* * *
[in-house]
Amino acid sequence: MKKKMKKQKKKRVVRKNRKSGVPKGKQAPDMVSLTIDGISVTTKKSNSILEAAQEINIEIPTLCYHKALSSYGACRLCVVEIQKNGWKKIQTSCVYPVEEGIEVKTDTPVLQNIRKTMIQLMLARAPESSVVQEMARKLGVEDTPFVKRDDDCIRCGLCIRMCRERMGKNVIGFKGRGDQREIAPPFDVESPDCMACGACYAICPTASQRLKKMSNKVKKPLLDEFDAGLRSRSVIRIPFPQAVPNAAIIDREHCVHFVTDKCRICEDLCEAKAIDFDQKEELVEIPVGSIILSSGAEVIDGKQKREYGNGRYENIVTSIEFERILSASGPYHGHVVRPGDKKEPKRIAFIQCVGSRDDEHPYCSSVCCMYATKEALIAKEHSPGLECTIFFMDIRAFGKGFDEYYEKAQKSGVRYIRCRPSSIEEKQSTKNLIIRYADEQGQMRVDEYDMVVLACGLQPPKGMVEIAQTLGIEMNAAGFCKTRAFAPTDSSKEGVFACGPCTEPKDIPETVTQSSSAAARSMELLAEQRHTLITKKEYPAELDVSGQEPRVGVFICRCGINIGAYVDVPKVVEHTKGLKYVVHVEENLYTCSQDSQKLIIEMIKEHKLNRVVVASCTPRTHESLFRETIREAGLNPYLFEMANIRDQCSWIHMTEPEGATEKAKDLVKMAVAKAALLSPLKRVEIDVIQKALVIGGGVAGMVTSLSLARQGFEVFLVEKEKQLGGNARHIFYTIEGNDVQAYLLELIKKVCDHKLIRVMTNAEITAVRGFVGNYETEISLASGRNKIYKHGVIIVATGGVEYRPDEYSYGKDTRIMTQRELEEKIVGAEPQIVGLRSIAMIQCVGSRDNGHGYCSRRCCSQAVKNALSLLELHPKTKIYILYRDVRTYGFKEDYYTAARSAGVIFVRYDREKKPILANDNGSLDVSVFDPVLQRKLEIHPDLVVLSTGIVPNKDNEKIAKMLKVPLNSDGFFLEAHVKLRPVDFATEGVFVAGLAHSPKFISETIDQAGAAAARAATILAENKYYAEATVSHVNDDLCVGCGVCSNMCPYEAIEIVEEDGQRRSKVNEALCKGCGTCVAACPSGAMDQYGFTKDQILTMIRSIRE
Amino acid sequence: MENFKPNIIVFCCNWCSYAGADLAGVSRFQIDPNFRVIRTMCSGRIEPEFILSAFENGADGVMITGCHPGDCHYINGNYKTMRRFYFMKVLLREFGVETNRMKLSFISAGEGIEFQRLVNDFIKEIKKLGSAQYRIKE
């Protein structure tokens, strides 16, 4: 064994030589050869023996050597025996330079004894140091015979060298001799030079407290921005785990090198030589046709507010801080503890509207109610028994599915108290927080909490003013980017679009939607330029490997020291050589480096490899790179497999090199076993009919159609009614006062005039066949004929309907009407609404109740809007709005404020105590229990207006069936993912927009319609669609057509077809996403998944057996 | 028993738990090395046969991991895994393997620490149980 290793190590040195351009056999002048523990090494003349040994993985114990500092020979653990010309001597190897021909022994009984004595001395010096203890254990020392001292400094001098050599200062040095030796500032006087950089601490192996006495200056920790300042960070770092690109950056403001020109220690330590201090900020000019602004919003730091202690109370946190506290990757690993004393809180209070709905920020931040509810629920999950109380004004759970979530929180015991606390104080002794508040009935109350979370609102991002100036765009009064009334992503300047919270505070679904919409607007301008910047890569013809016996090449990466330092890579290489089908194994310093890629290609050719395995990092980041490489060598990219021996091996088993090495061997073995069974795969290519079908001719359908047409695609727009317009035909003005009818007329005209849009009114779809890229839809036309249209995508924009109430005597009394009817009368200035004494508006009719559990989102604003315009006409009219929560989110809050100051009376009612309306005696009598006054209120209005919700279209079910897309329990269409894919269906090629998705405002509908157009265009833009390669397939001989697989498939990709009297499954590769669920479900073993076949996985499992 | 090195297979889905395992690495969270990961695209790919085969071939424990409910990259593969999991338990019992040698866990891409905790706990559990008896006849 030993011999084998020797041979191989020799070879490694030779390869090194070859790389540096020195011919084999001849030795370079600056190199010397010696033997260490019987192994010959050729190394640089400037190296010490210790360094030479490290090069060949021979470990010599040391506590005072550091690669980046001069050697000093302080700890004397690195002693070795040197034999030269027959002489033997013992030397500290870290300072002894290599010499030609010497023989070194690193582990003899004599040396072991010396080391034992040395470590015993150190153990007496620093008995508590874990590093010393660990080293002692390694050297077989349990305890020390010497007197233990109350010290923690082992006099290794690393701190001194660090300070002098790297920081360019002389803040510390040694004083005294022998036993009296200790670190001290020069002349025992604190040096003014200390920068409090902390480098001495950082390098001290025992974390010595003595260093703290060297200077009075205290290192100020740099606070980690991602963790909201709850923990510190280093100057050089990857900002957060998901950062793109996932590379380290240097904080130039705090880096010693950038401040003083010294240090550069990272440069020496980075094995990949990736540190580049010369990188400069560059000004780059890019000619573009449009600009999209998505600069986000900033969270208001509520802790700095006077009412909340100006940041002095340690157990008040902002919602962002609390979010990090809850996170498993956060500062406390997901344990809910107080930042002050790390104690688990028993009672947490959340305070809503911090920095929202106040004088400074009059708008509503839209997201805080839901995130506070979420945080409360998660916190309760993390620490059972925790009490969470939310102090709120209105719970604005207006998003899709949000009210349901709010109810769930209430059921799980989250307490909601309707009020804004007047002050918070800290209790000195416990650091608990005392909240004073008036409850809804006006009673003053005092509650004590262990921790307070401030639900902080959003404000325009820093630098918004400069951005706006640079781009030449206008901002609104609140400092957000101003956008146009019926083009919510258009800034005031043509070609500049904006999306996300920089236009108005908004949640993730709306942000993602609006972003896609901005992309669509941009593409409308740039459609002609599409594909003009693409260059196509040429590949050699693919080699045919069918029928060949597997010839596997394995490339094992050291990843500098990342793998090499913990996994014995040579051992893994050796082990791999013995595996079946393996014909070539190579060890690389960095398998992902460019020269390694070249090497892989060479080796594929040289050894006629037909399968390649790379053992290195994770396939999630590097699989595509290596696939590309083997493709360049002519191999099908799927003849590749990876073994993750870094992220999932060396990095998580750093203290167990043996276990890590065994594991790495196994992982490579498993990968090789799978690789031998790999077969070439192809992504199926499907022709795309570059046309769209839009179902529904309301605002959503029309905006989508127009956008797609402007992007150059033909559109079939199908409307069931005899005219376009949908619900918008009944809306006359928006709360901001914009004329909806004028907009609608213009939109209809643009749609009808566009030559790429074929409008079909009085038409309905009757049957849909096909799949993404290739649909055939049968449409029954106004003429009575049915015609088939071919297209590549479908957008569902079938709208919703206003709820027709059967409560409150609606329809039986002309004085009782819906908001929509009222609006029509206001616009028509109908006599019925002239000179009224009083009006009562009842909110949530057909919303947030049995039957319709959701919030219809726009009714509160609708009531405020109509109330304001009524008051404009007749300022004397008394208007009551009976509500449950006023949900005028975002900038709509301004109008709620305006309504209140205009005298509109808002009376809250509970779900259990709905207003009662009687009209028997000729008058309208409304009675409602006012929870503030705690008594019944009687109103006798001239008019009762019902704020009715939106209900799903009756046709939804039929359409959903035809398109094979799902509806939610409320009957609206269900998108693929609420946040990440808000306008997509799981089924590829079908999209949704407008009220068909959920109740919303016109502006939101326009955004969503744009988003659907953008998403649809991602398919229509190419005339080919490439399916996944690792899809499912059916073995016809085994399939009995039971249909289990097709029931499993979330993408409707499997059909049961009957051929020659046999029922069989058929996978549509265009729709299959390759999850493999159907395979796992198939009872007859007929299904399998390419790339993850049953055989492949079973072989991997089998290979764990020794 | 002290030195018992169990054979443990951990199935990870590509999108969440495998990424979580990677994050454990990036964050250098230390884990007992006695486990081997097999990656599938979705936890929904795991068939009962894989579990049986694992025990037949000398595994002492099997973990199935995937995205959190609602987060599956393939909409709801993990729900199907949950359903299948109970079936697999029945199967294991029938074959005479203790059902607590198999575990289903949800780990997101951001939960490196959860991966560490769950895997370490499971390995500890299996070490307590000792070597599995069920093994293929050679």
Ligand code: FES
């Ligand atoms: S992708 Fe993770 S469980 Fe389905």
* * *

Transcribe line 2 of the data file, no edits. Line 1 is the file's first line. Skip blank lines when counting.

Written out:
Amino acid sequence: MKKKMKKQKKKRVVRKNRKSGVPKGKQAPDMVSLTIDGISVTTKKSNSILEAAQEINIEIPTLCYHKALSSYGACRLCVVEIQKNGWKKIQTSCVYPVEEGIEVKTDTPVLQNIRKTMIQLMLARAPESSVVQEMARKLGVEDTPFVKRDDDCIRCGLCIRMCRERMGKNVIGFKGRGDQREIAPPFDVESPDCMACGACYAICPTASQRLKKMSNKVKKPLLDEFDAGLRSRSVIRIPFPQAVPNAAIIDREHCVHFVTDKCRICEDLCEAKAIDFDQKEELVEIPVGSIILSSGAEVIDGKQKREYGNGRYENIVTSIEFERILSASGPYHGHVVRPGDKKEPKRIAFIQCVGSRDDEHPYCSSVCCMYATKEALIAKEHSPGLECTIFFMDIRAFGKGFDEYYEKAQKSGVRYIRCRPSSIEEKQSTKNLIIRYADEQGQMRVDEYDMVVLACGLQPPKGMVEIAQTLGIEMNAAGFCKTRAFAPTDSSKEGVFACGPCTEPKDIPETVTQSSSAAARSMELLAEQRHTLITKKEYPAELDVSGQEPRVGVFICRCGINIGAYVDVPKVVEHTKGLKYVVHVEENLYTCSQDSQKLIIEMIKEHKLNRVVVASCTPRTHESLFRETIREAGLNPYLFEMANIRDQCSWIHMTEPEGATEKAKDLVKMAVAKAALLSPLKRVEIDVIQKALVIGGGVAGMVTSLSLARQGFEVFLVEKEKQLGGNARHIFYTIEGNDVQAYLLELIKKVCDHKLIRVMTNAEITAVRGFVGNYETEISLASGRNKIYKHGVIIVATGGVEYRPDEYSYGKDTRIMTQRELEEKIVGAEPQIVGLRSIAMIQCVGSRDNGHGYCSRRCCSQAVKNALSLLELHPKTKIYILYRDVRTYGFKEDYYTAARSAGVIFVRYDREKKPILANDNGSLDVSVFDPVLQRKLEIHPDLVVLSTGIVPNKDNEKIAKMLKVPLNSDGFFLEAHVKLRPVDFATEGVFVAGLAHSPKFISETIDQAGAAAARAATILAENKYYAEATVSHVNDDLCVGCGVCSNMCPYEAIEIVEEDGQRRSKVNEALCKGCGTCVAACPSGAMDQYGFTKDQILTMIRSIRE